Current talk at Pimlico is about the sudden fame of a one-horse owner, Victor Coladonato. His Iron Legend has overcome many ailments and is headed for the starting gate in the Preakness Saturday. Coladonato leads a Spartan life which is fast attracting as much attention nationwide as the return match between Affirmed and Alydar.

Knowledgeable handicapers are almost unanimous in their view that the rags-to-riches colt should seek a softer spot at this stage of his development. But all concede that what he has already done has defied the law of averages, having jumped from a win over maidens into a wining stakes race.

The publicity gained by the obscure 54-year -old Colanonato is a sort of balm for the hurt and anxiety of many backstretch people caused by the death of Robert A. Pineda May 3. Pineda's widow, Mazine, has returned from California where Pineda was buried and is undecided whether to move back to the West Coast or to her native Puerto Rico with her two young sons.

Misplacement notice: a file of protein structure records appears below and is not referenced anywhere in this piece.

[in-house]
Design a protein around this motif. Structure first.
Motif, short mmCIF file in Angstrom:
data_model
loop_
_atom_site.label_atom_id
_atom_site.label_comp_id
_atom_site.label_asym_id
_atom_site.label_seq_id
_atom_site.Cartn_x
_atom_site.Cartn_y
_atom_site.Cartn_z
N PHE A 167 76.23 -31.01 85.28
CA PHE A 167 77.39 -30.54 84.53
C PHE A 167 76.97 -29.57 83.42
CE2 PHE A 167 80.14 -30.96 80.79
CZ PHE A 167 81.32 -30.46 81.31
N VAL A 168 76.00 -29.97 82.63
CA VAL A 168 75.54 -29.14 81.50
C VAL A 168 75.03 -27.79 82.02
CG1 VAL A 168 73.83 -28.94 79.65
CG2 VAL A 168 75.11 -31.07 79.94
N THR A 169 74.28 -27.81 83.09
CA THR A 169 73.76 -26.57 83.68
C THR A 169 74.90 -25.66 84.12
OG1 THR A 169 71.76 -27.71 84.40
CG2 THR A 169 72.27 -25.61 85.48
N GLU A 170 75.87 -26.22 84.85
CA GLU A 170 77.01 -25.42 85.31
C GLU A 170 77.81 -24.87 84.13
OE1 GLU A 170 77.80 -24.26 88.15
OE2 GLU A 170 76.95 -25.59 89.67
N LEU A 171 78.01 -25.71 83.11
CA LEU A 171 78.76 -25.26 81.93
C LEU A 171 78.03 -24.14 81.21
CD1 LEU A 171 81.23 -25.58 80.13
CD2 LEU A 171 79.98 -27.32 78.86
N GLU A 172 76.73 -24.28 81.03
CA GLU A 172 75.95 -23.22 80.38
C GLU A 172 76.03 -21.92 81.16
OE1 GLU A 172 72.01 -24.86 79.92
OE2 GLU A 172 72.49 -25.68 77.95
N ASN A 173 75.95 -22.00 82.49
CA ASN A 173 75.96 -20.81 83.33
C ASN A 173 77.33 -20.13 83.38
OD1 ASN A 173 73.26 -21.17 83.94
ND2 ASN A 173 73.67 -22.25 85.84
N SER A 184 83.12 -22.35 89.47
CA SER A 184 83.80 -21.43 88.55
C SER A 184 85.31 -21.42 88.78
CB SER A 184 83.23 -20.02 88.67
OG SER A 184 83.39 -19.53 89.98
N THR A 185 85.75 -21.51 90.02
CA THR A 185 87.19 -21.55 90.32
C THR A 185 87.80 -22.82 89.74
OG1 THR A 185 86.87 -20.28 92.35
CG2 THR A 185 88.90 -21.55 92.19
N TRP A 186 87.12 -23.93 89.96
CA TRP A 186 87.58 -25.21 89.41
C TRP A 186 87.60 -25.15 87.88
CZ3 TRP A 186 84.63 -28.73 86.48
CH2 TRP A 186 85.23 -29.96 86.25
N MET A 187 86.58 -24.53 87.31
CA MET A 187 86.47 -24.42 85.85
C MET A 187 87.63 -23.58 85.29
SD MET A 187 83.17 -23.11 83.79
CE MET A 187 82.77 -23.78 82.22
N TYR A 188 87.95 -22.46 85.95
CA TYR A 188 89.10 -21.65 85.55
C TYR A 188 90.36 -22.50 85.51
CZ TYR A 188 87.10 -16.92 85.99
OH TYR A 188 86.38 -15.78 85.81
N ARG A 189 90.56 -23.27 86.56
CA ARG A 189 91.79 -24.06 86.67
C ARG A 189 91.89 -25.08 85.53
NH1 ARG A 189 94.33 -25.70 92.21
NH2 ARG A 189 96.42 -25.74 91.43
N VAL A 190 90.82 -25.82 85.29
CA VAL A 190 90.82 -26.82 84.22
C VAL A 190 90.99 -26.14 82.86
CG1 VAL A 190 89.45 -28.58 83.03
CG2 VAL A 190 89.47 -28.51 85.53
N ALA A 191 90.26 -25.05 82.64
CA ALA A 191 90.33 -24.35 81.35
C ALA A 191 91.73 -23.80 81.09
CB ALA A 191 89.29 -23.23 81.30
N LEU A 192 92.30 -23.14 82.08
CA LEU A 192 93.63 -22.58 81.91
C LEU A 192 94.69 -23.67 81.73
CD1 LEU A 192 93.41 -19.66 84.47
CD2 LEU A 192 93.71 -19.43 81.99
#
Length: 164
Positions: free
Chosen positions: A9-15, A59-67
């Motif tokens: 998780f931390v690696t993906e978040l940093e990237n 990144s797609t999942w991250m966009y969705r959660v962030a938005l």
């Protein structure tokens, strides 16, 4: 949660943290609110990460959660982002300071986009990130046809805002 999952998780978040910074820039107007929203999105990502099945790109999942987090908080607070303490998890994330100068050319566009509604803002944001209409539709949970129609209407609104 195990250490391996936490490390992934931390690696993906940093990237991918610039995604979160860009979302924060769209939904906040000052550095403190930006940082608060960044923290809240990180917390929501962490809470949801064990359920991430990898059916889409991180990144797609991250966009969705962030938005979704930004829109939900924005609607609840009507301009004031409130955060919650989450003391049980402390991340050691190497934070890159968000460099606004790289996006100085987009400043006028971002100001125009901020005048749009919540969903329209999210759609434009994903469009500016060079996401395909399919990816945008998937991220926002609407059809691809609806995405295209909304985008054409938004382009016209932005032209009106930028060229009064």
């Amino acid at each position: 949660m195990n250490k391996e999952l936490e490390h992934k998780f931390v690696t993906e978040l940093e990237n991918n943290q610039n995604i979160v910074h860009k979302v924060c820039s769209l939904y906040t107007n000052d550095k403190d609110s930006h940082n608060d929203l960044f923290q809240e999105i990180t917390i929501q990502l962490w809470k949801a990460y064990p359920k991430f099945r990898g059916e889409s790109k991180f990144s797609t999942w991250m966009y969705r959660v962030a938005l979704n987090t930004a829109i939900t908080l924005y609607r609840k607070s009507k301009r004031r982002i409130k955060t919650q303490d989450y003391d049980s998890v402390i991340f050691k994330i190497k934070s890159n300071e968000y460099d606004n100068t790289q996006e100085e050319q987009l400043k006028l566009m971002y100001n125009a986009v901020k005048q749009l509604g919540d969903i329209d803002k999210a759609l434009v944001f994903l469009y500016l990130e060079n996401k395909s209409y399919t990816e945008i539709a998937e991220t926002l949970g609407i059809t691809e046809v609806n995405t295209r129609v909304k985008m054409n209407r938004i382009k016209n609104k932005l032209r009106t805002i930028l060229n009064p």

Leading rider, apprentice Ron Franklin, has continued his winning ways which were further by the addition of Chick Lang as his agent last month. Lang, a former correspondent for the Baltimore Morning Sun, has been securing winning mounts for Franklin on horses other than those trained by Bud Delp, who holds the youngster's contract. Franklin has ridden 65 winners at Pimlico through Thursday. Delp has saddled 32.

Jockey Barry Alberts looked fit while winning Tuesday's second race astride Joe DiMatalo's Tide Turner. Alberts had been away from the races for more than a year when he decided to give it one more chance, taking off some 30 pounds for his comeback. He weighed in at 114 for the ride on TIde Turner.